Basic Training

An introduction to wireless for uneducated users. For installations into small environments…

I recently came into a situation where I realized that there were a lot of small office deployments happening at another office. The engineers at that office had no formal training in wireless and barely knew there was a 2.4 and 5Ghz range. This blog is directed towards training brand new users on deploying wireless into small office situations with minimal formal education. (As in wireless training…not…high schoolers) -Also as cheaply as possible using tools they already have access to.

*This is by no means training for wireless experts or a how-to for designing enterprise environments. This is merely a write-up with the premise of “Something is better than nothing!” As most of us wireless engineers know, these are the complete basics of a decent wireless network, and tuning these parameters to the best of our ability can do loads for a crappy environment. 


The first step in setting up a halfway decent wireless environment is knowing what could cause a bad environment. Here are the main educational bullet points for creating a general access network that should work:

  • Channels. Each AP needs to be on a different channel. There are 25 channels to choose from in 5Ghz, and three in 2.4: 1, 6, and 11. This is because of interference. Since wireless is a shared medium -like a walkie talkie, we need to keep this separation in order to have proper communication.
  • Channel Widths. In 80% of the environments, 20Mhz is going to be the channel width you want to use. As stated in the previous bullet, interference is again the reasoning behind this. Channels can be bonded at 20, 40, 80, and 160Mhz. I mentioned that 5Ghz had 25 channels. At 40Mhz, that is reduced to 12; 80Mhz -6; and 160Mhz -2. 40Mhz can be used occasional in certain remote offices but most of the time, neighbors ruin that for us. 
    • NEVER use 80 or 160Mhz channels in business environments. There are rare occasions where you could get away with it, but in general, just don’t.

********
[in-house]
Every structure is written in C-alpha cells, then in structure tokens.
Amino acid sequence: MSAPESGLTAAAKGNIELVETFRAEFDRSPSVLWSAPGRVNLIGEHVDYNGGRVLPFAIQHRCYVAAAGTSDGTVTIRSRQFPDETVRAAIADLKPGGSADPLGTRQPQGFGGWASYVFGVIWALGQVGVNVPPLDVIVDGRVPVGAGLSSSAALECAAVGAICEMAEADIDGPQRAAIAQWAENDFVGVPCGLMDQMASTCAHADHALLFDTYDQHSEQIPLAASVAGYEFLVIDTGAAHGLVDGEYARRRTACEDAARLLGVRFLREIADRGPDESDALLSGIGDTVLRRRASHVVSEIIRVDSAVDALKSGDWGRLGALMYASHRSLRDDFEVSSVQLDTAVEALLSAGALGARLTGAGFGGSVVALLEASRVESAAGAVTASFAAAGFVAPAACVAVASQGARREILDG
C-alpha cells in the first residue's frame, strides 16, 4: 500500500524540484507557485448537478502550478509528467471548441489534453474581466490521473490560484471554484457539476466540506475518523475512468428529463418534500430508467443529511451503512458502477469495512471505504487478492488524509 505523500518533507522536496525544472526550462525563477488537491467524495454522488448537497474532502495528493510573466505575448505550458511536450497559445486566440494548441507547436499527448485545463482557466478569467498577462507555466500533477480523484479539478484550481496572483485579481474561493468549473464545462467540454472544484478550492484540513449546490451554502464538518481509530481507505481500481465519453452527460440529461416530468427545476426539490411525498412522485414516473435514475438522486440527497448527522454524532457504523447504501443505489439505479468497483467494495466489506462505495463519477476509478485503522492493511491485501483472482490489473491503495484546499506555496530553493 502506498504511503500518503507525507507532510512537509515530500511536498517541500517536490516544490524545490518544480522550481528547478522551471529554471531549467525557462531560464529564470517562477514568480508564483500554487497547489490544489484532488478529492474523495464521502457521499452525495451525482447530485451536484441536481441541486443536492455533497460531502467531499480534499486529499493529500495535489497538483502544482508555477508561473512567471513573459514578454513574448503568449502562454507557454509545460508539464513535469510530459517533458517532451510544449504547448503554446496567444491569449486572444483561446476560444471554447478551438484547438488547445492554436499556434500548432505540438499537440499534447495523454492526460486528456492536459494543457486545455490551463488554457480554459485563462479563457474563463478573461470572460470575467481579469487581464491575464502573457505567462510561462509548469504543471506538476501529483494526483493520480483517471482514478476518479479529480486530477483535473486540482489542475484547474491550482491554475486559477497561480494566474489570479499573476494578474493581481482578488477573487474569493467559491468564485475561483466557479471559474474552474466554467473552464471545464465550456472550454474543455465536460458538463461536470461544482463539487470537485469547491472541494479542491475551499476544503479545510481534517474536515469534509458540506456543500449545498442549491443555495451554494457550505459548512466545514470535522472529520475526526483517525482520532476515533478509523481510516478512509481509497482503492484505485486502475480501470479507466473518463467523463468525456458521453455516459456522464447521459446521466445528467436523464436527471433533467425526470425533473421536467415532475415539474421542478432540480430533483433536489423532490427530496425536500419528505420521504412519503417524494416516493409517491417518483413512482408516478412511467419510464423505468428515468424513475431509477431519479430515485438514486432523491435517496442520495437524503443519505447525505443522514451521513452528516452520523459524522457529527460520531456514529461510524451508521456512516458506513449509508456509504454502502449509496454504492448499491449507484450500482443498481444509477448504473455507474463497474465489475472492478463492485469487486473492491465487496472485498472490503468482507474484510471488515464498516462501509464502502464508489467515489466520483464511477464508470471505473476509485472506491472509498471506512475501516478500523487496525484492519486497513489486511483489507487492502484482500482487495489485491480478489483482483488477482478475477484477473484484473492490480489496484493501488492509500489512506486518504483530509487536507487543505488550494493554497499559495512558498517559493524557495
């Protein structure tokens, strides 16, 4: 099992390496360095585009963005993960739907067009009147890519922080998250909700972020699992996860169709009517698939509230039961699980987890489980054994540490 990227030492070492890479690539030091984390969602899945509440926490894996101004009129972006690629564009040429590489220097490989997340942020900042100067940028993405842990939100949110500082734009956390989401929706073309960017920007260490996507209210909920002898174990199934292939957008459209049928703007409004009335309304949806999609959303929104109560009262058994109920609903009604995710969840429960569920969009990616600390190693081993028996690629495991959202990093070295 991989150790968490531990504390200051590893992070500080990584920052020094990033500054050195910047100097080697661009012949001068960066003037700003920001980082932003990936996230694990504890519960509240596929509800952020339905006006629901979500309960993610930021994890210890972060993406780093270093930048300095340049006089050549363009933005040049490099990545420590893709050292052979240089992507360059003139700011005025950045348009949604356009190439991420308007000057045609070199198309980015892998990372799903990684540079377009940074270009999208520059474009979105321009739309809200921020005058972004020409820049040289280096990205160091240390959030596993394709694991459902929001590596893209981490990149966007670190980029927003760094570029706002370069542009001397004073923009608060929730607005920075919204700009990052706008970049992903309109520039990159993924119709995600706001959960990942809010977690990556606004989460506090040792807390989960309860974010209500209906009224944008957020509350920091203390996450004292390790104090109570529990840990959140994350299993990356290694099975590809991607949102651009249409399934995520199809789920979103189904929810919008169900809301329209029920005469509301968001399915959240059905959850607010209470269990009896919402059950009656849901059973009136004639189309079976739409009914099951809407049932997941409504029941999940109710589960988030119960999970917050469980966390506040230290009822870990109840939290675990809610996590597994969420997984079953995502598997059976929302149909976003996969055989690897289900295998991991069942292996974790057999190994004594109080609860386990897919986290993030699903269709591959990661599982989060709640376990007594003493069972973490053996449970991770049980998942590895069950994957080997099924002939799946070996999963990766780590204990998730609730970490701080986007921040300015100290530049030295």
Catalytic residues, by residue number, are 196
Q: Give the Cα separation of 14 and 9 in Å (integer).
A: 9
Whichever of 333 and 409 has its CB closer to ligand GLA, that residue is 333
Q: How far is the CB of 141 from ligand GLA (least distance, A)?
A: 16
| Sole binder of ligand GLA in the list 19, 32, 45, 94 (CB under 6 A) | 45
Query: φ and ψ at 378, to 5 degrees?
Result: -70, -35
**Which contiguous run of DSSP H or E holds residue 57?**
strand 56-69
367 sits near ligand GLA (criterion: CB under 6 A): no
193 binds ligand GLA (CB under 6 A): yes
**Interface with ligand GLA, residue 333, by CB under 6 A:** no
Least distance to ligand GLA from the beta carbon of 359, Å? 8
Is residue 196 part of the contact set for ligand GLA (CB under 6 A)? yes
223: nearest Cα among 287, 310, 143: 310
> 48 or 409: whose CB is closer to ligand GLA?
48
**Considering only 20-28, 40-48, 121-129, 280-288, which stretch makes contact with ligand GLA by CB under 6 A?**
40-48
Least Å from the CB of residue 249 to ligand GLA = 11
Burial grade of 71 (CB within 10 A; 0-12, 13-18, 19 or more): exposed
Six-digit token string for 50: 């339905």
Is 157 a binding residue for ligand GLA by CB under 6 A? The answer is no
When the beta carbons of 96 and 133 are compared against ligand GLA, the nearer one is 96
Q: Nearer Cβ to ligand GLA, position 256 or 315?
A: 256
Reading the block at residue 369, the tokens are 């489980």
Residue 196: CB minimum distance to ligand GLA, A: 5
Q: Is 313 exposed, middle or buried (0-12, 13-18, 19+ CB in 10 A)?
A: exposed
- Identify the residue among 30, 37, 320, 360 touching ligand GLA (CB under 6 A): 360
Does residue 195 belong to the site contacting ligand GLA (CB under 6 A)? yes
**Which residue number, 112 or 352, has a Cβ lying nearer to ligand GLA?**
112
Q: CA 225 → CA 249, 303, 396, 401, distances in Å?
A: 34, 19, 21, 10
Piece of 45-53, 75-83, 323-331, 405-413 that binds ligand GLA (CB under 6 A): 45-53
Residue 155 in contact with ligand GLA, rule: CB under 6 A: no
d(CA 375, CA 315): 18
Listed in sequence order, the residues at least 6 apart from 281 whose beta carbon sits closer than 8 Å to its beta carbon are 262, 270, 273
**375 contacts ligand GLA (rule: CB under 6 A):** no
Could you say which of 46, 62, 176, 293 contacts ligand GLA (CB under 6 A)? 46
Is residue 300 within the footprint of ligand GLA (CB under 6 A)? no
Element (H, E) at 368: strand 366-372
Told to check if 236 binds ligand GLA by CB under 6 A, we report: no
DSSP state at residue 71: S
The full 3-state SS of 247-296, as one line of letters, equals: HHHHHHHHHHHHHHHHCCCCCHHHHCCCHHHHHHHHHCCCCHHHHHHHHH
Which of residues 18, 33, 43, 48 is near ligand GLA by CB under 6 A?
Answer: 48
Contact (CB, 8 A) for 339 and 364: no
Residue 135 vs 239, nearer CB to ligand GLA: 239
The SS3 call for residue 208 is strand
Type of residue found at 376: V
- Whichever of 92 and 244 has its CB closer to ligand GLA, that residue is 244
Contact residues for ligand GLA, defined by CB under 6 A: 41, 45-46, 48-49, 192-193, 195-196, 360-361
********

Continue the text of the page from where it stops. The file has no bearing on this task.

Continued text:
• You will probably have to change all of these settings. AP marketing departments have apparently talked engineering and product managers to make this the default setting with every single vendor I’ve ever worked with. It’s stupid, but good to know about.
  • Power. For the past 20 years or so, wifi has been coddled like it is this little Tweety bird. Engineers that haven’t been educated in wireless think its so small and innocent. That it needs help to get through walls. It needs to be petted and held like a little kitten. THIS IS FALSE. Wi-Fi is a Tasmanian devil. If you don’t control it by reducing power and controlling it with walls and antennas, it will wreak havoc on your environment faster than a monkey with a pile of dog squeeze. 


  • Signal. Signal is of course the most popular if wifi lingo. This is the strength of wireless network according to the client devices. You can measure strength with all kinds of programs but the best measurement of strength is going to come from the end-user device. Every device is different (even if its the same model) and no matter what your professional testing computer says, if the client has crappy signal, it’s going to have crappy performance. Statistics are useless if the end-user can’t connect!


Now that we’ve got a little guide of what to look for, how do we look at it? The tool you’ll be looking for is called a Wi-Fi network discovery tool. Depending on the vendor, most of these programs will tell you the SSID, the channel, signal strength, and sometimes the channel width of all the SSIDs it can hear. You’ll be using these tools to figure out what RF configuration, and where your APs should be placed. Why are you using a discovery tool? Because most of the time they are free!

Ideally with this information and a couple of tools you would be able to do some basic tests and give the customer a decent wireless environment. This can be accomplished by using a laptop, tablet, phone, or anything they can use the following tools.